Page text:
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Computerworld - President Barack Obama last night urged Congress to increase federal research funding or or threaten the U.S. lead in technology.
China and Europe, said Obama in his State of the Union speech Tuesday, "aren't standing on the sidelines, and neither should we."
"We know that the nation that goes all-in on innovation today will own the global economy tomorrow," said Obama. "This is an edge America cannot surrender."
Any request for federal research spending has become, increasingly, an uphill fight.
The National Science Foundation this fiscal year requested a budget of $7.6 billion, an increase of 8.4% over the fiscal 2012 level.
NSF budget priorities include advanced robotics research, advanced semiconductor and optical device design, as well as cybersecurity. The NSF is a major funding source for computer science and engineering research.
The NSF budget bill approved this month by Congress set aside $7.1 billion, well below the president's request. The approved budget is only about 2.4% over FY 2012 spending, according to an analysis by the American Association for the Advancement of Science (AAAS). When inflation if factored, it represents a real-dollar decline of 3% from 2012.
"Federally funded research helped lead to the ideas and inventions behind Google and smartphones," said Obama. "That's why Congress should undo the damage done by last year's cuts to basic research so we can unleash the next great American discovery."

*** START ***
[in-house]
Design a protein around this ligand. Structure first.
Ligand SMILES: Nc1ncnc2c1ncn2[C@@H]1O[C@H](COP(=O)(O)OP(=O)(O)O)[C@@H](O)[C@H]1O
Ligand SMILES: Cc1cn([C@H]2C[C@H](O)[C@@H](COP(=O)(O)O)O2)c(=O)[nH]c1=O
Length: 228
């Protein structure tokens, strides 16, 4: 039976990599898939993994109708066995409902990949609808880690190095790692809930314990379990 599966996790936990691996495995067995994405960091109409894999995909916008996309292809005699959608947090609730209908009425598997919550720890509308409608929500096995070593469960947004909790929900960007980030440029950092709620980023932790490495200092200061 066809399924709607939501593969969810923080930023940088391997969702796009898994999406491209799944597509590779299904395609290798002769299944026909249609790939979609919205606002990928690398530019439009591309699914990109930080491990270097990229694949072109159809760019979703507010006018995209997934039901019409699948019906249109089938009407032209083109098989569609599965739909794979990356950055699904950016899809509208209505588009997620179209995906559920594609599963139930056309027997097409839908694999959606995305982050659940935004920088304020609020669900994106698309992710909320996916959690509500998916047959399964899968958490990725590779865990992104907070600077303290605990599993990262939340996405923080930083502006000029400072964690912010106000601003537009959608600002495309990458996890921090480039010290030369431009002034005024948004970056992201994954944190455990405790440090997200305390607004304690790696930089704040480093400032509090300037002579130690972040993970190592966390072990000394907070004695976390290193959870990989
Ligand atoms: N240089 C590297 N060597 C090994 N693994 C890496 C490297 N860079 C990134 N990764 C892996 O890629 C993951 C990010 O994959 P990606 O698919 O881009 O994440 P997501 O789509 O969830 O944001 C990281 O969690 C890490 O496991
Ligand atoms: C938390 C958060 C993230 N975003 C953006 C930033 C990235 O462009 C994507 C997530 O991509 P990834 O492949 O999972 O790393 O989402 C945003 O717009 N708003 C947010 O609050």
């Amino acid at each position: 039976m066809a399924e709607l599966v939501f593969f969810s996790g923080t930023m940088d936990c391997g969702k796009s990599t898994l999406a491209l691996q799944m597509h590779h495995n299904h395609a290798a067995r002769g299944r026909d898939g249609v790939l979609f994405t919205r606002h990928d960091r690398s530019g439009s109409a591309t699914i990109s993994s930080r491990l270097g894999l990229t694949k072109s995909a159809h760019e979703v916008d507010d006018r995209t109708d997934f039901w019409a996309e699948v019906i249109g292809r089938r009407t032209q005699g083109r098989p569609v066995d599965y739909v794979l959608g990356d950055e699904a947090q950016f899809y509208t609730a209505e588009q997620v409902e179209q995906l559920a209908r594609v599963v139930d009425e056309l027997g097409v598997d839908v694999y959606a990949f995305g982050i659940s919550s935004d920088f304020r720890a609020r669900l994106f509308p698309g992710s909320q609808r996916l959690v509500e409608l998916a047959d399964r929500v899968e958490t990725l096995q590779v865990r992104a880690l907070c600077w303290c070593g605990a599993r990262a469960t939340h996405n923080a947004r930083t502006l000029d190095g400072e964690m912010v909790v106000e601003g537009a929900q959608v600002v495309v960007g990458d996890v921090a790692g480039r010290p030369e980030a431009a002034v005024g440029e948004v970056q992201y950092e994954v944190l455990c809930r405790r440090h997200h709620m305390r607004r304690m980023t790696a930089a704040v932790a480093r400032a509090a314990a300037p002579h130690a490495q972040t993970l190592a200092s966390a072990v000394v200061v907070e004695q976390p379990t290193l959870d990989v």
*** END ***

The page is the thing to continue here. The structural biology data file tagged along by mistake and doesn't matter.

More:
NSF research spending represents about 21% of the total federal budget for basic research conducted at U.S. colleges and universities. The Defense Dept., the National Institutes of Health and other agencies all spend the basic research funds.
Overall, defense R&D spending will decline by $8.4 billion, or 11.2%, from fiscal year 2012 levels, according to the AAAS.
The Dept. of Energy, which funds energy research and is the lead agency for developing an exascale system, saw its R&D budget rise to $11.8 billion this year, a 9.3% increase above 2012, or 5.3% when inflation is considered.
Peter Harsha, director of government affairs at the Computing Research Association., said that the increases in the budget approved by Congress are well short of what the president sought.
The federal 2015 budget proposal is due March 5 and Harsha said he expects Obama to set "another ambitious target for research investments."
China is set to surpass the U.S. in R&D spending, Frank Kendall, undersecretary of defense for acquisition, technology and logistics, told a House Armed Services Committee hearing Tuesday.
"China is also developing and fielding advanced air defense systems designed to defeat our stealth capabilities and our networked precision strike capabilities," said Kendall, in prepared remarks.
"From the perspective of technological superiority, the Department of Defense is being challenged in ways I have not seen for many years," said Kendall.
President Barack Obama wants Congress to increase funding for research.
Patrick Thibodeau covers SaaS and enterprise applications, outsourcing, government IT policies, data centers and IT workforce issues for Computerworld. Follow Patrick on Twitter at @DCgov, or subscribe to Patrick's RSS feed . His email address is firstname.lastname@example.org.
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